From Nina Paley’s site, a great post that shows how monstrous IP advocates can be: they penalize us all (especially those of us opposed to IP) first for imposing this law on us and forcing us to comply; then, when we do comply, they seek to use that against us, charging us with hypocrisy, or support of the IP system, etc. Terrible.
I’m reposting this (originally posted July 2009) for a third time, because misinformation continues to spread all over the interwebs. I should post it more often.
Dear Journalists Dear Journalists, bloggers, commenters, etc.,
Some of you are writing that I was forced to choose the Creative Commons Attribution Share Alike license because the film is violating copyright. That is completely untrue, but has become the dominant motif of stories I read about the project. The confusion is understandable, so I attempt to sort it out below.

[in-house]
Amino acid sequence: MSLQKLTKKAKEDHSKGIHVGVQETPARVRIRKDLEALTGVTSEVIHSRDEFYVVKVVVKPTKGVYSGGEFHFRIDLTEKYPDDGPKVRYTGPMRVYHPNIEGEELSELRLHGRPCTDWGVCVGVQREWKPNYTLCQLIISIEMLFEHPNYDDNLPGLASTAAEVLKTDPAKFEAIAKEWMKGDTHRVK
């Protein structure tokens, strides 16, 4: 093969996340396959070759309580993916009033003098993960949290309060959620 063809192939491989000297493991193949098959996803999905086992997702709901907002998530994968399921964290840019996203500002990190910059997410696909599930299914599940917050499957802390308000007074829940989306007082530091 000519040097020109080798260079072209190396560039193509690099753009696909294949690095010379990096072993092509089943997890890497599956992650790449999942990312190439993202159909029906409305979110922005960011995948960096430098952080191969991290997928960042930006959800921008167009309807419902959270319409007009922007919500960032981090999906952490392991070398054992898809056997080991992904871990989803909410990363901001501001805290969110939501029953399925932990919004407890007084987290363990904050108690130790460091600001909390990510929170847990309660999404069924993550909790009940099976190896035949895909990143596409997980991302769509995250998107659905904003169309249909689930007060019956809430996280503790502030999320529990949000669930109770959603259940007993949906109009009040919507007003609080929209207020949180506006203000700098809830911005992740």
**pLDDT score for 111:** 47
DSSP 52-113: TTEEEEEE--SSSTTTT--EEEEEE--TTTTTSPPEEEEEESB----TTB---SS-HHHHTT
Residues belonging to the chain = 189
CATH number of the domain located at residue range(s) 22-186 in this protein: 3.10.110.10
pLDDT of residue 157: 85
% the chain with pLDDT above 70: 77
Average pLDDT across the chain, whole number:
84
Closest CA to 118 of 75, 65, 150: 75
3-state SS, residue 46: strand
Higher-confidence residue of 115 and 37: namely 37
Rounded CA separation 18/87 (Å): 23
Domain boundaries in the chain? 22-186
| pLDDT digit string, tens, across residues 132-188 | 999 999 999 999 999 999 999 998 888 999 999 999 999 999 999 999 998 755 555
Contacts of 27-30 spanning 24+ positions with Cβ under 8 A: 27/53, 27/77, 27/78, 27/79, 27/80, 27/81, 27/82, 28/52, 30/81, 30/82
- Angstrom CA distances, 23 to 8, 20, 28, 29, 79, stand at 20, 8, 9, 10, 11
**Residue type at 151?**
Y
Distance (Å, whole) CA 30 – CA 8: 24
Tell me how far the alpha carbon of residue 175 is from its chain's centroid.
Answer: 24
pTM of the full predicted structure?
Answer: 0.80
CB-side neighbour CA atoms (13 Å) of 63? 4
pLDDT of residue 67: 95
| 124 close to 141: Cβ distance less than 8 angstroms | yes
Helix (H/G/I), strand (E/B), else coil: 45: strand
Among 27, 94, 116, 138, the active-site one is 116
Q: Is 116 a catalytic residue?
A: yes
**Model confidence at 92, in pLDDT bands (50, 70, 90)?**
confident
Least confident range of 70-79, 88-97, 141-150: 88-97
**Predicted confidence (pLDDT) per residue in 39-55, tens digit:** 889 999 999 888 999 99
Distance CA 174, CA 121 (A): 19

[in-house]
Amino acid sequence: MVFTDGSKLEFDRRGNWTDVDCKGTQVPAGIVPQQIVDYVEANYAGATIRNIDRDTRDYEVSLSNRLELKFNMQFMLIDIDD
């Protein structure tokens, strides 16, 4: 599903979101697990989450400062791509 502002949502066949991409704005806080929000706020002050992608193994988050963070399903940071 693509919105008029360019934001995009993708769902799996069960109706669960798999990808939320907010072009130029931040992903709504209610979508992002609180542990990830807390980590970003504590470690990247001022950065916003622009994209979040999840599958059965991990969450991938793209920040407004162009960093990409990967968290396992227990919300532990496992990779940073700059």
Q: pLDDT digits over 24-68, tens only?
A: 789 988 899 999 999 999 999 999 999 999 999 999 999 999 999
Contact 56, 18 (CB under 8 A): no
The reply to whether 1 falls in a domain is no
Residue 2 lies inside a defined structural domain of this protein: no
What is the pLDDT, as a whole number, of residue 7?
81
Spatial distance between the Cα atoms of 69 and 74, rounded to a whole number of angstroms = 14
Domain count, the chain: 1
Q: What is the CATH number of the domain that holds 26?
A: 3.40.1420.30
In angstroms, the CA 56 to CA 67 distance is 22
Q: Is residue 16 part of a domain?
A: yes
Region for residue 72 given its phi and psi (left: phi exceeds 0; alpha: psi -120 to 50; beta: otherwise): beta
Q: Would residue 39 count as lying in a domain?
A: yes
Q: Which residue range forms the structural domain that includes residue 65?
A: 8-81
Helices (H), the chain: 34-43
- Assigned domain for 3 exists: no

Sita Sings the Blues is 100% legal. I am free to release it commercially, which is why the film is gaining a number of commercial distributors in addition to its free sharing/audience distribution, which is also legal, and wonderful.
Sita Sings the Blues is in complete compliance with copyright regulations. I was forced to pay $50,000 in license fees and another $20,000 in legal costs to make it so. That is why I am in debt. My compliance with copyright law is by no means an endorsement of it. Being $70,000 in the hole reminds me daily what an ass the law is. The film is legal, and that legality gives me a higher moral ground to stamp my feet upon as I denounce the failure that is copyright.
Having paid these extortionate fees, I could have gone with conventional distribution, and was invited to. I chose to free the film because I could see that would be most beneficial to me, my film, and culture at large. A CC-SA license does not absolve a creator of compliance with copyright law. The law could have sent me to prison for non-commercial copyright infringement. I was forced to borrow $70,000 to decriminalize my film, regardless of how I chose to release it.
Note that in some ways the film is not, and never will be free. For each disc sold, distributors must pay $1.65 to these faceless money sinks. Transaction costs raise that amount to about $2.00 per disc. That is why my own Artist’s Edition is limited to 4,999 copies. I’ve already bled $50,000 into their vampiric maws; I have no intention of paying more.
Thank you for your attention.